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anonymous
 one year ago
Does the Series ke^k^2 converge or diverge?
anonymous
 one year ago
Does the Series ke^k^2 converge or diverge?

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anonymous
 one year ago
Best ResponseYou've already chosen the best response.0\[\sum_{k=1}^{infinity}k e^{k ^{2}}\]

anonymous
 one year ago
Best ResponseYou've already chosen the best response.0$$\large \sum_{k=1}^{\infty}k e^{k ^{2}}= $$ notice that is close to the derivative of \( \large e^{x^2} \)

anonymous
 one year ago
Best ResponseYou've already chosen the best response.0Oh, right, there's a thing in the book about an integral test. We haven't discussed it in class yet, but, I'm guessing that's what this is?

anonymous
 one year ago
Best ResponseYou've already chosen the best response.0sort of, I was thinking of this http://prntscr.com/8j57eg

anonymous
 one year ago
Best ResponseYou've already chosen the best response.0That looks significantly more complicated than what we've been doing thus far.

anonymous
 one year ago
Best ResponseYou've already chosen the best response.0but now that you mention it, you can use integral test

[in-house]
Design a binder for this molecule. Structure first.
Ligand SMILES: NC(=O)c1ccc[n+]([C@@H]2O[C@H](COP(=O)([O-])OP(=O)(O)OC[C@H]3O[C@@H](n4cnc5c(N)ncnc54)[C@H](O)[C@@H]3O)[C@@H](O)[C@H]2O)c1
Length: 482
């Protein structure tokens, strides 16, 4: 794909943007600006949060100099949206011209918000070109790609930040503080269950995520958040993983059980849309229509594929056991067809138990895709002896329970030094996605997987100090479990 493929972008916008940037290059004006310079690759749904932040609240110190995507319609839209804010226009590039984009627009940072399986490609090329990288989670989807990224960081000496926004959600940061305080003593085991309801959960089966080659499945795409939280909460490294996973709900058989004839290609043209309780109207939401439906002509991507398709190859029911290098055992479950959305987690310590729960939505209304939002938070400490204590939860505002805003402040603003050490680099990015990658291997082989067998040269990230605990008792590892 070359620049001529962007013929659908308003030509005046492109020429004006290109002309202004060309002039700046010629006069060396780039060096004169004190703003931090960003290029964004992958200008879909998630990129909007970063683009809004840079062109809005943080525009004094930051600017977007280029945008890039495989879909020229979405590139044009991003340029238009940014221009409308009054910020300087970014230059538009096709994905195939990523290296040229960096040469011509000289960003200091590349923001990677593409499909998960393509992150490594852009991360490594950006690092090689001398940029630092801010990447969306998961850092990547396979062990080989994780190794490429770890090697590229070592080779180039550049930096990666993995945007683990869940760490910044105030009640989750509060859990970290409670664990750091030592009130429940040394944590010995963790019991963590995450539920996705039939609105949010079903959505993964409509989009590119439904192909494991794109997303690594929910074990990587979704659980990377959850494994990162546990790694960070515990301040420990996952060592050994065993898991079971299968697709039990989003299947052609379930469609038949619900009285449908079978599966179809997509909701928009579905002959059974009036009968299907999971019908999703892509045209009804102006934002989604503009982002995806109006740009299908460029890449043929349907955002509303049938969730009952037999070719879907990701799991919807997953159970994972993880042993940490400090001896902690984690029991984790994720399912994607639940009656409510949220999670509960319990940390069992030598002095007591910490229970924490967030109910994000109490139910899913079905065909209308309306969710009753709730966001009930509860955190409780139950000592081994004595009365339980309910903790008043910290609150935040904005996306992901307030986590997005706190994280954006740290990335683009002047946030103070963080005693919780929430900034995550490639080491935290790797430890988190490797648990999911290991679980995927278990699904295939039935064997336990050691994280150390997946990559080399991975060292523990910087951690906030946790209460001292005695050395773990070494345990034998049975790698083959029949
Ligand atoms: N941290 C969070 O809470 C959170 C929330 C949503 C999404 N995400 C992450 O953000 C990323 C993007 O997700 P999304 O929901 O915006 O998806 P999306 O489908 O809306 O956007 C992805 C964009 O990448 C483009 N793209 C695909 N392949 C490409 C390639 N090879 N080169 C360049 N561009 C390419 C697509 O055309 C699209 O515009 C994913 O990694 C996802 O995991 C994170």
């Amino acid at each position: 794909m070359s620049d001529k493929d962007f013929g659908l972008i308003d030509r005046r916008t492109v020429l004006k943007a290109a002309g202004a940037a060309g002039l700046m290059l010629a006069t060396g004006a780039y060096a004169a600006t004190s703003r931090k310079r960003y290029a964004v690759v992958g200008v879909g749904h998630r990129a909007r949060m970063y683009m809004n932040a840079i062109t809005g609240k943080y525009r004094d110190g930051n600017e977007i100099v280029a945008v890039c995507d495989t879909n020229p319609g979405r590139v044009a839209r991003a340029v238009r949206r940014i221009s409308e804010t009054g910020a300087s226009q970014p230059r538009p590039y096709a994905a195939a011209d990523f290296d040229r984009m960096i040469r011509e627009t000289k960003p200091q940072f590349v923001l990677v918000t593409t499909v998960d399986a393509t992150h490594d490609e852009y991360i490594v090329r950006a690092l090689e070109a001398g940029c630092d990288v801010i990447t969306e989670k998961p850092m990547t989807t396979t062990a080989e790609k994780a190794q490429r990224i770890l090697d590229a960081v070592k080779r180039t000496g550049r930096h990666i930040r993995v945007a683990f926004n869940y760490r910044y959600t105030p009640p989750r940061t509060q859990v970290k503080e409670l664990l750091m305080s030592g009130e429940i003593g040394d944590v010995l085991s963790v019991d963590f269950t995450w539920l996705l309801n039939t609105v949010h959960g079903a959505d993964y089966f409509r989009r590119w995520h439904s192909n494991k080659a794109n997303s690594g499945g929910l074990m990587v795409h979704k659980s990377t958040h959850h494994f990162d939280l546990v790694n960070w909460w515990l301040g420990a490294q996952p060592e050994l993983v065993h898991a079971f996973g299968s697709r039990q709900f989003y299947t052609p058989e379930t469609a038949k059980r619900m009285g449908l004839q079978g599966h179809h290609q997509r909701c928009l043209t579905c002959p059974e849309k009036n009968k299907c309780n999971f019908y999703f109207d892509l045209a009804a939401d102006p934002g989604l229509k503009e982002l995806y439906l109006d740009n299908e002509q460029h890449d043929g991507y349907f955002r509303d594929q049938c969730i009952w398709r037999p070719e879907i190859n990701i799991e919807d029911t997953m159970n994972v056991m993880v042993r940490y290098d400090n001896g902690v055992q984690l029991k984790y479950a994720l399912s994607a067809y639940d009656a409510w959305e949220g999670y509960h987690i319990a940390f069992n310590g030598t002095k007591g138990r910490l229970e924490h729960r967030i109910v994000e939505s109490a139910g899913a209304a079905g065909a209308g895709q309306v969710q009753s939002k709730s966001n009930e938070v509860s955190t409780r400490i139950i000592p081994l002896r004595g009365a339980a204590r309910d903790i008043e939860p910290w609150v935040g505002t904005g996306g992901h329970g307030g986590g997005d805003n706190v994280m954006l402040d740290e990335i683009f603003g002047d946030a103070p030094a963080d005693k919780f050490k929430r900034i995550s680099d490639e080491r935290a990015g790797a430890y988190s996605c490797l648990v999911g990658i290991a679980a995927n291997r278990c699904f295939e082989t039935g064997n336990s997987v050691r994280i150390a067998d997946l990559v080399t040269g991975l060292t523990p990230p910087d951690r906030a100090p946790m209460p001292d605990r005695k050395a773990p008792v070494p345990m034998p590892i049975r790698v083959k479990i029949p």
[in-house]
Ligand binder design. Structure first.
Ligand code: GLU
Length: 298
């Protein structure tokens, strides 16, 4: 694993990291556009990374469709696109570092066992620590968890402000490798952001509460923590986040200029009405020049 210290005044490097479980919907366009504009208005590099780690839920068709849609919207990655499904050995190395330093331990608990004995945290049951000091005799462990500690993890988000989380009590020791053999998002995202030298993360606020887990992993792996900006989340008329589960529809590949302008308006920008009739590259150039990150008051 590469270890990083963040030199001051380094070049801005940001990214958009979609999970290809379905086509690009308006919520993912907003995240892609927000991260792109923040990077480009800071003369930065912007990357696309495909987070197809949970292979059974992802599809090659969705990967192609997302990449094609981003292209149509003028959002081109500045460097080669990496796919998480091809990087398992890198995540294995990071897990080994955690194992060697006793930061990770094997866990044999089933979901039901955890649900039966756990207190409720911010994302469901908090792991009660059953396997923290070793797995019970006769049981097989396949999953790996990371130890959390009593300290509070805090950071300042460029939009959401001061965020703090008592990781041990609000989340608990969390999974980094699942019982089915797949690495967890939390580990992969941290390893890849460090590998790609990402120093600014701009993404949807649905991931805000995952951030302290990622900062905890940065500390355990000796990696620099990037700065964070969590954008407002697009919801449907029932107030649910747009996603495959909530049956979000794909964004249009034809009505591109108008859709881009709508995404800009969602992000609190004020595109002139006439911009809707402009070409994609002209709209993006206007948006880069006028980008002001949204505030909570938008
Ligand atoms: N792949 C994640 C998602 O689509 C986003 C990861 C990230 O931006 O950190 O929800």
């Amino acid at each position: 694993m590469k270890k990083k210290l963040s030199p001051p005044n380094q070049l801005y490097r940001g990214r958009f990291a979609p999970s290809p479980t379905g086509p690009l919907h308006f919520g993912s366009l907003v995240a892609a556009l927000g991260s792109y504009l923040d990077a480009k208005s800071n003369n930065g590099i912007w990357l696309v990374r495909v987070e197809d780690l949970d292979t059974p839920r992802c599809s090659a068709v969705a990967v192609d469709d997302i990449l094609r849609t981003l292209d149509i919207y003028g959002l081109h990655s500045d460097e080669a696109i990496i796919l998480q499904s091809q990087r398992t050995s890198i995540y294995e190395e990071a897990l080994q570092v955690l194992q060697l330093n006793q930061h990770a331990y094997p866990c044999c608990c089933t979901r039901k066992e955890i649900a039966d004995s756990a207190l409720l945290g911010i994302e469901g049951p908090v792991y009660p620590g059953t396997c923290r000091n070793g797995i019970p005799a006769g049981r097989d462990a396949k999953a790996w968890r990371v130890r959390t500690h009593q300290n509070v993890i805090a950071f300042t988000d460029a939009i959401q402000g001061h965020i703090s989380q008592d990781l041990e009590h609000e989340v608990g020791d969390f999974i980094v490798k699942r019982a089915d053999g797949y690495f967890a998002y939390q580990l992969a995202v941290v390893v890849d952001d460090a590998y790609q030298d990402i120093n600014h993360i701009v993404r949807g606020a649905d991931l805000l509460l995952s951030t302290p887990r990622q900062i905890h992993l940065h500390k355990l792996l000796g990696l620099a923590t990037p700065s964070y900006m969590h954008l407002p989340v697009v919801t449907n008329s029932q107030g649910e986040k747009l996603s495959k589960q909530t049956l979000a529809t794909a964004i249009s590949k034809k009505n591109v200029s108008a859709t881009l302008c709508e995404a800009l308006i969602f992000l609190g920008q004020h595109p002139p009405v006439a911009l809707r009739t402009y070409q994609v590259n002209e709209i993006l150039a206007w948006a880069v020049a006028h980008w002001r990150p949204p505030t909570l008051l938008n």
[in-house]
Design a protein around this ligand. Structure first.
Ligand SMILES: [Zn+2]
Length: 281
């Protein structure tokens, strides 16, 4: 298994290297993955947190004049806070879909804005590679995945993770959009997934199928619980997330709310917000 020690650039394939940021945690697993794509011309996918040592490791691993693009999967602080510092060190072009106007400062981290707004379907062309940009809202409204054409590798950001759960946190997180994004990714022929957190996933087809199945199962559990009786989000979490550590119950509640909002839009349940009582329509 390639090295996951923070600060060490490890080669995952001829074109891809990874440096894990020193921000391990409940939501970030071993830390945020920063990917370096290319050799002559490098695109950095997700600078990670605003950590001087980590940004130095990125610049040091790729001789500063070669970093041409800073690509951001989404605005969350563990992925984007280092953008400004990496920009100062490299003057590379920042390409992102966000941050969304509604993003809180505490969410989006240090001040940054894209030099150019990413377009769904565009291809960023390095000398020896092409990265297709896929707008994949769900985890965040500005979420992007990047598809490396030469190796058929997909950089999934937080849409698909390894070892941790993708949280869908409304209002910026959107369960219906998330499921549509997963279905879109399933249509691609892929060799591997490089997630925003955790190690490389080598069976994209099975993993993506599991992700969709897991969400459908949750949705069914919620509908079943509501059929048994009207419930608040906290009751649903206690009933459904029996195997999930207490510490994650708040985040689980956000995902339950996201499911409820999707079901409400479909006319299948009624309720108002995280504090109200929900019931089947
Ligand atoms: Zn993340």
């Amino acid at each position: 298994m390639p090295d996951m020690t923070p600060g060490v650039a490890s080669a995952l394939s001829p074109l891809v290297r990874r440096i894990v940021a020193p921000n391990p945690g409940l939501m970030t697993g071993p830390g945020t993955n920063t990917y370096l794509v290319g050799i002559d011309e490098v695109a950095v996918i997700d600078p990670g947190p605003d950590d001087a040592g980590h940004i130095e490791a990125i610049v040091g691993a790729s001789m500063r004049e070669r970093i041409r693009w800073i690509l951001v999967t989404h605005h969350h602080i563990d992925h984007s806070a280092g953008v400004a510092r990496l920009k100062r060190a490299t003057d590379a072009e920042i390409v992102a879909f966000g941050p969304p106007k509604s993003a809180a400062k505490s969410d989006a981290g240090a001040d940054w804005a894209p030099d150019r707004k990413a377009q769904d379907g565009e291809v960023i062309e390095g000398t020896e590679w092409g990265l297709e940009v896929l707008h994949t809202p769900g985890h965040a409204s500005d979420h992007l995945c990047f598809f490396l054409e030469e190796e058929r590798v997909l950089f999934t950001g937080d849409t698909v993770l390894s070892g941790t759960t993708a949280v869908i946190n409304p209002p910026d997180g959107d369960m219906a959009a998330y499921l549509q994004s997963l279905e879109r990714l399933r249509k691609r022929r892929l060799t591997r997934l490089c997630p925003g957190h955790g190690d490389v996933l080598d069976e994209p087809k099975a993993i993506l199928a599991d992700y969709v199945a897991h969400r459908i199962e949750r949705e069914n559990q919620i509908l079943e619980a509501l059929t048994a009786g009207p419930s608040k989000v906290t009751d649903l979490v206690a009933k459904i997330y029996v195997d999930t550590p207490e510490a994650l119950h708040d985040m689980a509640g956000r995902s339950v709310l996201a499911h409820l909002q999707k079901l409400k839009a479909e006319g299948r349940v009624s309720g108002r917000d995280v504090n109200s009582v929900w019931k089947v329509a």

anonymous
 one year ago
Best ResponseYou've already chosen the best response.0Okay then, that's good. I'm reading up on it now, might ask some questions

IrishBoy123
 one year ago
Best ResponseYou've already chosen the best response.2applied the ratio test yet?

anonymous
 one year ago
Best ResponseYou've already chosen the best response.0Ratio test didn't seem to work, unless I made some algebraic errors

IrishBoy123
 one year ago
Best ResponseYou've already chosen the best response.2\[\large \frac{(k+1) e^{(k+1) ^{2} }}{k e^{k ^{2}}}=\]

anonymous
 one year ago
Best ResponseYou've already chosen the best response.0Right, then I ended up with some mess with the exponents that didn't seem to work out nicely

IrishBoy123
 one year ago
Best ResponseYou've already chosen the best response.2\[\large \frac{k+1}{k} e^{(2k+1)}\]

anonymous
 one year ago
Best ResponseYou've already chosen the best response.0To save you the work of typing out a whole bunch of equations, if there's some way to do it with the ratios, I should be able to handle it if you can help me through the algebra

anonymous
 one year ago
Best ResponseYou've already chosen the best response.0Umm one moment. That's not what I did so that's probably where I went wrong

IrishBoy123
 one year ago
Best ResponseYou've already chosen the best response.2expand the top exponent and subtract the bottom one

anonymous
 one year ago
Best ResponseYou've already chosen the best response.0Right that makes sense. I dunno why I didn't see that.

anonymous
 one year ago
Best ResponseYou've already chosen the best response.0because the e^(2k+1) is in the denominator. nice work irishboy
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